The legal system of Uzbekistan is based on a civil law system with the Constitution of the Republic of Uzbekistan as the foundation of its legal system. The country is divided into 12 provinces, each of which has its own court system. The Constitution, which was adopted in 1992, is the supreme law of the country, and all laws must comply with it.
The judicial system in Uzbekistan is made up of the Supreme Court and local courts. The Supreme Court is the highest court of appeal and is responsible for interpreting and applying the law. It is made up of 18 judges appointed by the President of Uzbekistan.
The local courts are divided into two types: people’s courts and economic courts. People’s courts are responsible for civil and criminal cases, while economic courts handle civil and economic disputes. Both types of courts hear appeals from lower courts.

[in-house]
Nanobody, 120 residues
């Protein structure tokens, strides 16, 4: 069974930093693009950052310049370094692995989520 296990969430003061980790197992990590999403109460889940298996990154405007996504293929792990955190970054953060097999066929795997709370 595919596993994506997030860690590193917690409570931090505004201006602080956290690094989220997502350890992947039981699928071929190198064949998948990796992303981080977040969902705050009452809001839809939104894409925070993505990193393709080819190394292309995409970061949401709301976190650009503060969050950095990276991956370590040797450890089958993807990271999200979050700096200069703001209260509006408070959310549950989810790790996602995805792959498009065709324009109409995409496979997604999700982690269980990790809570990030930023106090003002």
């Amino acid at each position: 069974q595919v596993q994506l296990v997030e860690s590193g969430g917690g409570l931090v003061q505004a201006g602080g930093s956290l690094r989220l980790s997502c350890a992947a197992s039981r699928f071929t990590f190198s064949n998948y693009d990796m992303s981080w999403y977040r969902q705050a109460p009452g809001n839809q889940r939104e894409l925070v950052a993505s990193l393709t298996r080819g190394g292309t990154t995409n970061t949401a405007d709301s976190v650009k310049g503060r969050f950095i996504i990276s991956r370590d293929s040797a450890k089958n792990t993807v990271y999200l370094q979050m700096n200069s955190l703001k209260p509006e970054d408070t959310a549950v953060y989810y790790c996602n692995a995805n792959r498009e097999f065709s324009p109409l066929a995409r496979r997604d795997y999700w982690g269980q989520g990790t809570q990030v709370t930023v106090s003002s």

The legal system in Uzbekistan is based on Islamic law and the country has adopted a number of laws based on Sharia law. The majority of the population is Muslim, and Islamic law is seen as the basis for many of the country’s laws. Muslim clerics and scholars are consulted in some cases and religious leaders are allowed to serve as judges in certain Islamic courts.
The Uzbek government has also adopted a number of international conventions and treaties, including the European Convention on Human Rights. It is also a member of the United Nations and other international organizations.